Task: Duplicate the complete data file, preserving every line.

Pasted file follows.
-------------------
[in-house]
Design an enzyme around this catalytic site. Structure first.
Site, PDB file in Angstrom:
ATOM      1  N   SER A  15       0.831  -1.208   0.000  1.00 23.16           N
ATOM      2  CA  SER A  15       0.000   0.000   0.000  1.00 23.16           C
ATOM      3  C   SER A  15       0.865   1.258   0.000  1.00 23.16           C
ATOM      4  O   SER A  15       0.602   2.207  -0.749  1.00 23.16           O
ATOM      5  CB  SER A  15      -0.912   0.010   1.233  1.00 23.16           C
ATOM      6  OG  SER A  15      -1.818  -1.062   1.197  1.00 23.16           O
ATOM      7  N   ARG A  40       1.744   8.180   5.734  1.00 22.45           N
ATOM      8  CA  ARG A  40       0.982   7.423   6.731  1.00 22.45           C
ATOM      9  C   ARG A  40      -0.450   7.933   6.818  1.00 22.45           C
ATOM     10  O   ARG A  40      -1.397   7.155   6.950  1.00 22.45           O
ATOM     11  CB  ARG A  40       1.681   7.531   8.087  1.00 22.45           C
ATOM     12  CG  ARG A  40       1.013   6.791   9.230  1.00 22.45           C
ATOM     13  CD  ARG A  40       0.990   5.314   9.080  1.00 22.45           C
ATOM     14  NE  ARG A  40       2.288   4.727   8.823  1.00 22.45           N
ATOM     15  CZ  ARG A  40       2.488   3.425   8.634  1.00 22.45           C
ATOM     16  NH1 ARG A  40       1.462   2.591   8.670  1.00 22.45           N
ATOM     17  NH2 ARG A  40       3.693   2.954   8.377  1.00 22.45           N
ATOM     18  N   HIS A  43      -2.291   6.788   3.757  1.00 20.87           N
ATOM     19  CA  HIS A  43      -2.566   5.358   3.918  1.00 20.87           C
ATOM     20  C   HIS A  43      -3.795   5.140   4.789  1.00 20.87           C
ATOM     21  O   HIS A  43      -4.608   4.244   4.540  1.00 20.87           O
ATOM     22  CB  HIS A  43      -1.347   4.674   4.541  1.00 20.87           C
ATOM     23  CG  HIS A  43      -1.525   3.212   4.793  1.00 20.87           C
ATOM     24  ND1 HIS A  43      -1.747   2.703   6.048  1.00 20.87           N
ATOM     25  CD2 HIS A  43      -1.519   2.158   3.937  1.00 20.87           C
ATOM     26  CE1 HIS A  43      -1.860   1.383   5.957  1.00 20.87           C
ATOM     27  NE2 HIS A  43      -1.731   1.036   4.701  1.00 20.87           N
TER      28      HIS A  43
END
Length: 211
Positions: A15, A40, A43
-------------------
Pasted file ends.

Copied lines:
[in-house]
Design an enzyme around this catalytic site. Structure first.
Site, PDB file in Angstrom:
ATOM      1  N   SER A  15       0.831  -1.208   0.000  1.00 23.16           N
ATOM      2  CA  SER A  15       0.000   0.000   0.000  1.00 23.16           C
ATOM      3  C   SER A  15       0.865   1.258   0.000  1.00 23.16           C
ATOM      4  O   SER A  15       0.602   2.207  -0.749  1.00 23.16           O
ATOM      5  CB  SER A  15      -0.912   0.010   1.233  1.00 23.16           C
ATOM      6  OG  SER A  15      -1.818  -1.062   1.197  1.00 23.16           O
ATOM      7  N   ARG A  40       1.744   8.180   5.734  1.00 22.45           N
ATOM      8  CA  ARG A  40       0.982   7.423   6.731  1.00 22.45           C
ATOM      9  C   ARG A  40      -0.450   7.933   6.818  1.00 22.45           C
ATOM     10  O   ARG A  40      -1.397   7.155   6.950  1.00 22.45           O
ATOM     11  CB  ARG A  40       1.681   7.531   8.087  1.00 22.45           C
ATOM     12  CG  ARG A  40       1.013   6.791   9.230  1.00 22.45           C
ATOM     13  CD  ARG A  40       0.990   5.314   9.080  1.00 22.45           C
ATOM     14  NE  ARG A  40       2.288   4.727   8.823  1.00 22.45           N
ATOM     15  CZ  ARG A  40       2.488   3.425   8.634  1.00 22.45           C
ATOM     16  NH1 ARG A  40       1.462   2.591   8.670  1.00 22.45           N
ATOM     17  NH2 ARG A  40       3.693   2.954   8.377  1.00 22.45           N
ATOM     18  N   HIS A  43      -2.291   6.788   3.757  1.00 20.87           N
ATOM     19  CA  HIS A  43      -2.566   5.358   3.918  1.00 20.87           C
ATOM     20  C   HIS A  43      -3.795   5.140   4.789  1.00 20.87           C
ATOM     21  O   HIS A  43      -4.608   4.244   4.540  1.00 20.87           O
ATOM     22  CB  HIS A  43      -1.347   4.674   4.541  1.00 20.87           C
ATOM     23  CG  HIS A  43      -1.525   3.212   4.793  1.00 20.87           C
ATOM     24  ND1 HIS A  43      -1.747   2.703   6.048  1.00 20.87           N
ATOM     25  CD2 HIS A  43      -1.519   2.158   3.937  1.00 20.87           C
ATOM     26  CE1 HIS A  43      -1.860   1.383   5.957  1.00 20.87           C
ATOM     27  NE2 HIS A  43      -1.731   1.036   4.701  1.00 20.87           N
TER      28      HIS A  43
END
Length: 211
Positions: A15, A40, A43